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Channel Four news presenter Jon Snow has made an astute comment about the cancelling of the 2018 Queen's Speech by the government.

The speech traditionally takes place at the State Opening of Parliament, which sets out the governments legal programme for the coming year.

The government have decided that they will need more time to deal with Brexit next year and the huge amounts of legislation that goes along with it.

Andrea Leadsom, the Leader of the Commons, has confirmed that the next parliamentary session has been doubled in length by two years.

The decision has already been met with some controversy. Some interpreted the move as an attempt by Theresa May to cling to power.

Jon Snow has taken a slightly different approach to the subject and raised a very important issue about Brexit and housing.

A report from the housing and homelessness charity Shelter indicates that the number of homeless households has risen to more than 50,000 a year, while the Guardian reported in April states that more than 200,000 homes in England are empty.

The Queen's Speech could push for a housing reform, which is particularly prescient given the recent tragedy at Grenfell tower in North Kensington.

The tweet also highlights that an entire government does not need to negotiate leaving the European Union. A specialist department has been set up for this very task and is currently led by David Davis.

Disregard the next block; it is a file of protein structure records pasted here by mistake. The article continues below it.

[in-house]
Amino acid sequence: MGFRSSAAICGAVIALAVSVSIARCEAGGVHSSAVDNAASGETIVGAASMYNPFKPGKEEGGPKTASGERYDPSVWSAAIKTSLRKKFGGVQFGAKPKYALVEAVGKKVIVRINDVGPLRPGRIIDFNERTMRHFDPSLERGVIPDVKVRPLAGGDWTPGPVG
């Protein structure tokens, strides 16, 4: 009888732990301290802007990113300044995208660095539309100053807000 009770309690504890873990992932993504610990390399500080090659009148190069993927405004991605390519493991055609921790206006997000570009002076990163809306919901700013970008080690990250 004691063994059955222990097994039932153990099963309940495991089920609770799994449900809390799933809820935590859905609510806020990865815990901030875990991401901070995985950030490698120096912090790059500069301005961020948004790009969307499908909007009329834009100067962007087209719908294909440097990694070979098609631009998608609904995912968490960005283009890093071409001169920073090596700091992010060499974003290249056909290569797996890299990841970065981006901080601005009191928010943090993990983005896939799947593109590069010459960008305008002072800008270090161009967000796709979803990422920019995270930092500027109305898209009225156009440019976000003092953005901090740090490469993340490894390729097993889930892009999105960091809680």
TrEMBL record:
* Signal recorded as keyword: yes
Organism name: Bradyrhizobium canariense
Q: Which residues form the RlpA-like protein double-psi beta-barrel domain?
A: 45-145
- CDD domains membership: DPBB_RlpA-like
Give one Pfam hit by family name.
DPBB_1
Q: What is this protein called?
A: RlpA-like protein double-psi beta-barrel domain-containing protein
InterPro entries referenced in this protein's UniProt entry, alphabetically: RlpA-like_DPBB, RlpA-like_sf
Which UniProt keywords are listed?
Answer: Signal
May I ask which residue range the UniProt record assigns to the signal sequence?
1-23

Snow's message won some supporters on Twitter who condemned the move by the Tories.

The cancellation of the 2018 speech isn't the first time the Queen's Speech has been called off.

In 2011, the Conservative-Liberal Democrat coalition cancelled the event, as part of the plans to move the state opening of parliament from autumn to spring.

Labour criticised the move at the time as abuse of power, a stance they also adopted in 1949, when the speech was also cancelled.

This year's speech (not the 2018 one) has been postponed for the first time ever, with Theresa May attempting to prop up her minority government with a DUP coalition.

The speech will now take place on Wednesday 21 June, as opposed to Monday 19 June.

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